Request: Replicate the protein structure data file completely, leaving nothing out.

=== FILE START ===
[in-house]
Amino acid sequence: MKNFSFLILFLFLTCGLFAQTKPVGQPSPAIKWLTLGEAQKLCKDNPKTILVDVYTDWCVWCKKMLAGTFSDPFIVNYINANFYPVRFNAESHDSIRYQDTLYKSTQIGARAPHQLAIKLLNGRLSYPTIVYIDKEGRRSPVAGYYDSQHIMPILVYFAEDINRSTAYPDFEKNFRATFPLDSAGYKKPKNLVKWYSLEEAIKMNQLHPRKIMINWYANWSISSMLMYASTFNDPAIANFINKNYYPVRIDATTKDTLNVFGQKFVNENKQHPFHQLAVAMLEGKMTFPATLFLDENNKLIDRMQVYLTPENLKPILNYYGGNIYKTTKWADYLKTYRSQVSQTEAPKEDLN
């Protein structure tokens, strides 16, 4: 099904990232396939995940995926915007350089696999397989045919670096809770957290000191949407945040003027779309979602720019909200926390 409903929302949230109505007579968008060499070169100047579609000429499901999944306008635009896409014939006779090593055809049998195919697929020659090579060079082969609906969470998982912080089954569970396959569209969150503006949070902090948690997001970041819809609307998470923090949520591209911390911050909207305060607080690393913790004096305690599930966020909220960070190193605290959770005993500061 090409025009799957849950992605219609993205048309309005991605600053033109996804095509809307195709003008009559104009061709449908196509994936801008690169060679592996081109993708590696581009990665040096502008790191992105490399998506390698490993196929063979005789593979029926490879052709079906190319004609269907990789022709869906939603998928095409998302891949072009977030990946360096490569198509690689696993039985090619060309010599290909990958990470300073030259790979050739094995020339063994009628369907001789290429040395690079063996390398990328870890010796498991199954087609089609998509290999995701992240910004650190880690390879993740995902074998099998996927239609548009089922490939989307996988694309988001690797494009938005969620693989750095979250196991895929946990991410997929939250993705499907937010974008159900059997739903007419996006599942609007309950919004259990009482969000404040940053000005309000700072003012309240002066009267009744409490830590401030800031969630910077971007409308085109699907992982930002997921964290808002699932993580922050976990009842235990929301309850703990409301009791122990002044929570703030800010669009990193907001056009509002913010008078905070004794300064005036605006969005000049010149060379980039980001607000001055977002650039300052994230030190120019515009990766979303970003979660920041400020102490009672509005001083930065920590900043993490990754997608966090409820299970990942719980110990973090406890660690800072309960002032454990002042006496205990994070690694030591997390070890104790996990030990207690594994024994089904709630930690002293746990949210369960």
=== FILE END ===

[in-house]
Amino acid sequence: MKNFSFLILFLFLTCGLFAQTKPVGQPSPAIKWLTLGEAQKLCKDNPKTILVDVYTDWCVWCKKMLAGTFSDPFIVNYINANFYPVRFNAESHDSIRYQDTLYKSTQIGARAPHQLAIKLLNGRLSYPTIVYIDKEGRRSPVAGYYDSQHIMPILVYFAEDINRSTAYPDFEKNFRATFPLDSAGYKKPKNLVKWYSLEEAIKMNQLHPRKIMINWYANWSISSMLMYASTFNDPAIANFINKNYYPVRIDATTKDTLNVFGQKFVNENKQHPFHQLAVAMLEGKMTFPATLFLDENNKLIDRMQVYLTPENLKPILNYYGGNIYKTTKWADYLKTYRSQVSQTEAPKEDLN
């Protein structure tokens, strides 16, 4: 099904990232396939995940995926915007350089696999397989045919670096809770957290000191949407945040003027779309979602720019909200926390 409903929302949230109505007579968008060499070169100047579609000429499901999944306008635009896409014939006779090593055809049998195919697929020659090579060079082969609906969470998982912080089954569970396959569209969150503006949070902090948690997001970041819809609307998470923090949520591209911390911050909207305060607080690393913790004096305690599930966020909220960070190193605290959770005993500061 090409025009799957849950992605219609993205048309309005991605600053033109996804095509809307195709003008009559104009061709449908196509994936801008690169060679592996081109993708590696581009990665040096502008790191992105490399998506390698490993196929063979005789593979029926490879052709079906190319004609269907990789022709869906939603998928095409998302891949072009977030990946360096490569198509690689696993039985090619060309010599290909990958990470300073030259790979050739094995020339063994009628369907001789290429040395690079063996390398990328870890010796498991199954087609089609998509290999995701992240910004650190880690390879993740995902074998099998996927239609548009089922490939989307996988694309988001690797494009938005969620693989750095979250196991895929946990991410997929939250993705499907937010974008159900059997739903007419996006599942609007309950919004259990009482969000404040940053000005309000700072003012309240002066009267009744409490830590401030800031969630910077971007409308085109699907992982930002997921964290808002699932993580922050976990009842235990929301309850703990409301009791122990002044929570703030800010669009990193907001056009509002913010008078905070004794300064005036605006969005000049010149060379980039980001607000001055977002650039300052994230030190120019515009990766979303970003979660920041400020102490009672509005001083930065920590900043993490990754997608966090409820299970990942719980110990973090406890660690800072309960002032454990002042006496205990994070690694030591997390070890104790996990030990207690594994024994089904709630930690002293746990949210369960």